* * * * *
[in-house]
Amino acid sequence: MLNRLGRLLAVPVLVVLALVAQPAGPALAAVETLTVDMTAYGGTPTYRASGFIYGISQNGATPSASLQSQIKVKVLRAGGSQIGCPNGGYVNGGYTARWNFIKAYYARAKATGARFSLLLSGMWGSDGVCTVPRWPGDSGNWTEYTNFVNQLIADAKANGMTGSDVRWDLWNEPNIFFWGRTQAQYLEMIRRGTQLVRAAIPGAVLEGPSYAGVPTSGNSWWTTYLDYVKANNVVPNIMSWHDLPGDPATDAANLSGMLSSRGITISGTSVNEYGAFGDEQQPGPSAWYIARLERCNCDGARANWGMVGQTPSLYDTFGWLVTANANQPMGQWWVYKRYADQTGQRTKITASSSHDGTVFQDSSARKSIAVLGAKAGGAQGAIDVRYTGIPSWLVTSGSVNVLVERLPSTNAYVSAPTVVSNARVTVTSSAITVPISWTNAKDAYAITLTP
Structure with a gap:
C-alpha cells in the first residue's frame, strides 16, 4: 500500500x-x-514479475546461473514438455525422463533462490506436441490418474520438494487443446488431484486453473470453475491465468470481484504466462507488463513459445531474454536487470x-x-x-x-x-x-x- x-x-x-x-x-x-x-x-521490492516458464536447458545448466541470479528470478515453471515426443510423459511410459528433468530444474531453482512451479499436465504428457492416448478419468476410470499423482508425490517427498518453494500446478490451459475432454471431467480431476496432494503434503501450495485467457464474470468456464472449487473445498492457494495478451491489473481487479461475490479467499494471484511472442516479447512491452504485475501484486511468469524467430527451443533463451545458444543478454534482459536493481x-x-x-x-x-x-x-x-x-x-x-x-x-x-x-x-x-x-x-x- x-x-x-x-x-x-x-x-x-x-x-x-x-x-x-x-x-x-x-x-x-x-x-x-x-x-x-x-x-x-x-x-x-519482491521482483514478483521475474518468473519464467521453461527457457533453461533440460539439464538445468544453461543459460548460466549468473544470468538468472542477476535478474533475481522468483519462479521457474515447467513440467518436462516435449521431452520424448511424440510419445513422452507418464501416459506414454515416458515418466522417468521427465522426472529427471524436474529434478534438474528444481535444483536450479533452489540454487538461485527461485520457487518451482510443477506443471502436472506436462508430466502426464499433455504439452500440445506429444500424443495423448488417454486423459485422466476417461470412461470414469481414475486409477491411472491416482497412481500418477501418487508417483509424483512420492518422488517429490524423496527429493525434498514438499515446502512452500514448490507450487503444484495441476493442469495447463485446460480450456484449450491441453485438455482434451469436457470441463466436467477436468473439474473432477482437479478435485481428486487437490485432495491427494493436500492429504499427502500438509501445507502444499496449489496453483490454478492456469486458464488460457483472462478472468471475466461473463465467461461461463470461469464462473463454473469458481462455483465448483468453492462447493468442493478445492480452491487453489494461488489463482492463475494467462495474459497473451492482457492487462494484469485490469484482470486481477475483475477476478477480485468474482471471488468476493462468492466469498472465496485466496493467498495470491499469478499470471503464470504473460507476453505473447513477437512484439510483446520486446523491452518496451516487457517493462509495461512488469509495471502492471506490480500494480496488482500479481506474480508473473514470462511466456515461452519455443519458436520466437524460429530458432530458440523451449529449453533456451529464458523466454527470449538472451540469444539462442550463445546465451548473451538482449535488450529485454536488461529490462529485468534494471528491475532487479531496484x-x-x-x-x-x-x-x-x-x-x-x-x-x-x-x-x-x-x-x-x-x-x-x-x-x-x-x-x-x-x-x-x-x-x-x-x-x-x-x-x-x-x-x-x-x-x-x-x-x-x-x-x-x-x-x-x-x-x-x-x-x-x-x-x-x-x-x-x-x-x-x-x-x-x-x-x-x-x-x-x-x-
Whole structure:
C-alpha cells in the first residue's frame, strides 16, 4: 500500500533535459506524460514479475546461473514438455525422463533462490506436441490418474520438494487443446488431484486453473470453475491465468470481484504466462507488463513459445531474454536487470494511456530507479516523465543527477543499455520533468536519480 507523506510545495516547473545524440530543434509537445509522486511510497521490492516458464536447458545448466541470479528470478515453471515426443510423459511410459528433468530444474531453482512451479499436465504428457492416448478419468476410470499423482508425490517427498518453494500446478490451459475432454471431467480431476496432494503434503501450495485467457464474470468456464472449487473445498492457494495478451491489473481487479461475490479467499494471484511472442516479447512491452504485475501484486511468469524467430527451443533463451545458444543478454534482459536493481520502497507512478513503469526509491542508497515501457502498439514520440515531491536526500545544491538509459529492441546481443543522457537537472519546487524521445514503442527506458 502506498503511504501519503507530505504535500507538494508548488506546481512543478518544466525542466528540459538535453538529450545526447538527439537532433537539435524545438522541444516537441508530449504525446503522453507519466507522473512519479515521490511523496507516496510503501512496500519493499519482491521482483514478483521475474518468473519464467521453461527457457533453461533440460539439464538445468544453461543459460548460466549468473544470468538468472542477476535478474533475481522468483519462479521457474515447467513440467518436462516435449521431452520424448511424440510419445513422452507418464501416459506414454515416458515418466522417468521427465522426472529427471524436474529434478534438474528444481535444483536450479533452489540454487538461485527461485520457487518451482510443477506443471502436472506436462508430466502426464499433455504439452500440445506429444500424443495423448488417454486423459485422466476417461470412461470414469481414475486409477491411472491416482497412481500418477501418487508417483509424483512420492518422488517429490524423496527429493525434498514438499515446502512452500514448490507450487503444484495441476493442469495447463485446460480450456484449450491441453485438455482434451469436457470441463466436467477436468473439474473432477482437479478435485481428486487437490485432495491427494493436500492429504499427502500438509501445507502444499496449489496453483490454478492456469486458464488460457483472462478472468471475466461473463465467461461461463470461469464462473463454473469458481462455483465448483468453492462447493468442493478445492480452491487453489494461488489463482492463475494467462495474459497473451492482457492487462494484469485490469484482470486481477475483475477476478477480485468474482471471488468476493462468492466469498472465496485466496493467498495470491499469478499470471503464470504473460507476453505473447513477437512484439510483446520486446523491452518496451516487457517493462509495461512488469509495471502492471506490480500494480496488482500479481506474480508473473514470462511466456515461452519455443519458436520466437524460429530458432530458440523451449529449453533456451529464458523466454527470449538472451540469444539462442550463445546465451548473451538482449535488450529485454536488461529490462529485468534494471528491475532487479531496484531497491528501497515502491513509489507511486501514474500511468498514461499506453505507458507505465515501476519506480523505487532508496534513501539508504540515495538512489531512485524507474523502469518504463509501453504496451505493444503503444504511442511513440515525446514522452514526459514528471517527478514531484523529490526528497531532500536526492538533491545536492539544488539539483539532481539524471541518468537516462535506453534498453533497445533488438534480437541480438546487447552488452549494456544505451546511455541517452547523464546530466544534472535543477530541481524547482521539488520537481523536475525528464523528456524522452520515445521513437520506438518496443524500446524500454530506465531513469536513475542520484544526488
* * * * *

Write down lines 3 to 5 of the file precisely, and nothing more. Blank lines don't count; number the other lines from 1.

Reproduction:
Structure with a gap:
C-alpha cells in the first residue's frame, strides 16, 4: 500500500x-x-514479475546461473514438455525422463533462490506436441490418474520438494487443446488431484486453473470453475491465468470481484504466462507488463513459445531474454536487470x-x-x-x-x-x-x- x-x-x-x-x-x-x-x-521490492516458464536447458545448466541470479528470478515453471515426443510423459511410459528433468530444474531453482512451479499436465504428457492416448478419468476410470499423482508425490517427498518453494500446478490451459475432454471431467480431476496432494503434503501450495485467457464474470468456464472449487473445498492457494495478451491489473481487479461475490479467499494471484511472442516479447512491452504485475501484486511468469524467430527451443533463451545458444543478454534482459536493481x-x-x-x-x-x-x-x-x-x-x-x-x-x-x-x-x-x-x-x- x-x-x-x-x-x-x-x-x-x-x-x-x-x-x-x-x-x-x-x-x-x-x-x-x-x-x-x-x-x-x-x-x-519482491521482483514478483521475474518468473519464467521453461527457457533453461533440460539439464538445468544453461543459460548460466549468473544470468538468472542477476535478474533475481522468483519462479521457474515447467513440467518436462516435449521431452520424448511424440510419445513422452507418464501416459506414454515416458515418466522417468521427465522426472529427471524436474529434478534438474528444481535444483536450479533452489540454487538461485527461485520457487518451482510443477506443471502436472506436462508430466502426464499433455504439452500440445506429444500424443495423448488417454486423459485422466476417461470412461470414469481414475486409477491411472491416482497412481500418477501418487508417483509424483512420492518422488517429490524423496527429493525434498514438499515446502512452500514448490507450487503444484495441476493442469495447463485446460480450456484449450491441453485438455482434451469436457470441463466436467477436468473439474473432477482437479478435485481428486487437490485432495491427494493436500492429504499427502500438509501445507502444499496449489496453483490454478492456469486458464488460457483472462478472468471475466461473463465467461461461463470461469464462473463454473469458481462455483465448483468453492462447493468442493478445492480452491487453489494461488489463482492463475494467462495474459497473451492482457492487462494484469485490469484482470486481477475483475477476478477480485468474482471471488468476493462468492466469498472465496485466496493467498495470491499469478499470471503464470504473460507476453505473447513477437512484439510483446520486446523491452518496451516487457517493462509495461512488469509495471502492471506490480500494480496488482500479481506474480508473473514470462511466456515461452519455443519458436520466437524460429530458432530458440523451449529449453533456451529464458523466454527470449538472451540469444539462442550463445546465451548473451538482449535488450529485454536488461529490462529485468534494471528491475532487479531496484x-x-x-x-x-x-x-x-x-x-x-x-x-x-x-x-x-x-x-x-x-x-x-x-x-x-x-x-x-x-x-x-x-x-x-x-x-x-x-x-x-x-x-x-x-x-x-x-x-x-x-x-x-x-x-x-x-x-x-x-x-x-x-x-x-x-x-x-x-x-x-x-x-x-x-x-x-x-x-x-x-x-
Whole structure: